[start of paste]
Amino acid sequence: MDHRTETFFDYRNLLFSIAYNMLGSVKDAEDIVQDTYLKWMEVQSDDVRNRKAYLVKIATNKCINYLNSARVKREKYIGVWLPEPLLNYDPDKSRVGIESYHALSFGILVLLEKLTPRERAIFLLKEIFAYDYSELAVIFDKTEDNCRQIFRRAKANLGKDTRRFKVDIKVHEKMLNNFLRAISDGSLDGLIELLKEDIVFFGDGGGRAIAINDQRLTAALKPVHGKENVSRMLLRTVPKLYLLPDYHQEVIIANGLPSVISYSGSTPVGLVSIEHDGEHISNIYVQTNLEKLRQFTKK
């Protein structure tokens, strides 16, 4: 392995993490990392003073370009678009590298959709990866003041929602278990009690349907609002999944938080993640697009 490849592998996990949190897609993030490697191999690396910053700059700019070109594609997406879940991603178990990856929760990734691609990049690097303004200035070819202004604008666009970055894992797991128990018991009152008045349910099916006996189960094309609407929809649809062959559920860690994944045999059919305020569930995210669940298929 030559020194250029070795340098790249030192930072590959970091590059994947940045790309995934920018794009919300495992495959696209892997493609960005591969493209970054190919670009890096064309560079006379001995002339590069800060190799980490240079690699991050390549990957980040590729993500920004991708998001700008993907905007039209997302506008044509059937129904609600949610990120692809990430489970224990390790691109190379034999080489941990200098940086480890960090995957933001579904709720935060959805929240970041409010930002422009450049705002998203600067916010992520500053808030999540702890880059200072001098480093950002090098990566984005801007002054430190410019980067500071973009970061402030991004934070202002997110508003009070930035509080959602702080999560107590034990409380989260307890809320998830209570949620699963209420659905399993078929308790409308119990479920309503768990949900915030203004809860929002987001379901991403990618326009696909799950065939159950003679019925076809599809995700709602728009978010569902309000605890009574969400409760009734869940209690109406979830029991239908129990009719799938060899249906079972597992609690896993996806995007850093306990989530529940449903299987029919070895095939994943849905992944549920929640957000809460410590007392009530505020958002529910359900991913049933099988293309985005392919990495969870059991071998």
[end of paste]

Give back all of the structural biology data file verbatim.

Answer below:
Amino acid sequence: MDHRTETFFDYRNLLFSIAYNMLGSVKDAEDIVQDTYLKWMEVQSDDVRNRKAYLVKIATNKCINYLNSARVKREKYIGVWLPEPLLNYDPDKSRVGIESYHALSFGILVLLEKLTPRERAIFLLKEIFAYDYSELAVIFDKTEDNCRQIFRRAKANLGKDTRRFKVDIKVHEKMLNNFLRAISDGSLDGLIELLKEDIVFFGDGGGRAIAINDQRLTAALKPVHGKENVSRMLLRTVPKLYLLPDYHQEVIIANGLPSVISYSGSTPVGLVSIEHDGEHISNIYVQTNLEKLRQFTKK
């Protein structure tokens, strides 16, 4: 392995993490990392003073370009678009590298959709990866003041929602278990009690349907609002999944938080993640697009 490849592998996990949190897609993030490697191999690396910053700059700019070109594609997406879940991603178990990856929760990734691609990049690097303004200035070819202004604008666009970055894992797991128990018991009152008045349910099916006996189960094309609407929809649809062959559920860690994944045999059919305020569930995210669940298929 030559020194250029070795340098790249030192930072590959970091590059994947940045790309995934920018794009919300495992495959696209892997493609960005591969493209970054190919670009890096064309560079006379001995002339590069800060190799980490240079690699991050390549990957980040590729993500920004991708998001700008993907905007039209997302506008044509059937129904609600949610990120692809990430489970224990390790691109190379034999080489941990200098940086480890960090995957933001579904709720935060959805929240970041409010930002422009450049705002998203600067916010992520500053808030999540702890880059200072001098480093950002090098990566984005801007002054430190410019980067500071973009970061402030991004934070202002997110508003009070930035509080959602702080999560107590034990409380989260307890809320998830209570949620699963209420659905399993078929308790409308119990479920309503768990949900915030203004809860929002987001379901991403990618326009696909799950065939159950003679019925076809599809995700709602728009978010569902309000605890009574969400409760009734869940209690109406979830029991239908129990009719799938060899249906079972597992609690896993996806995007850093306990989530529940449903299987029919070895095939994943849905992944549920929640957000809460410590007392009530505020958002529910359900991913049933099988293309985005392919990495969870059991071998």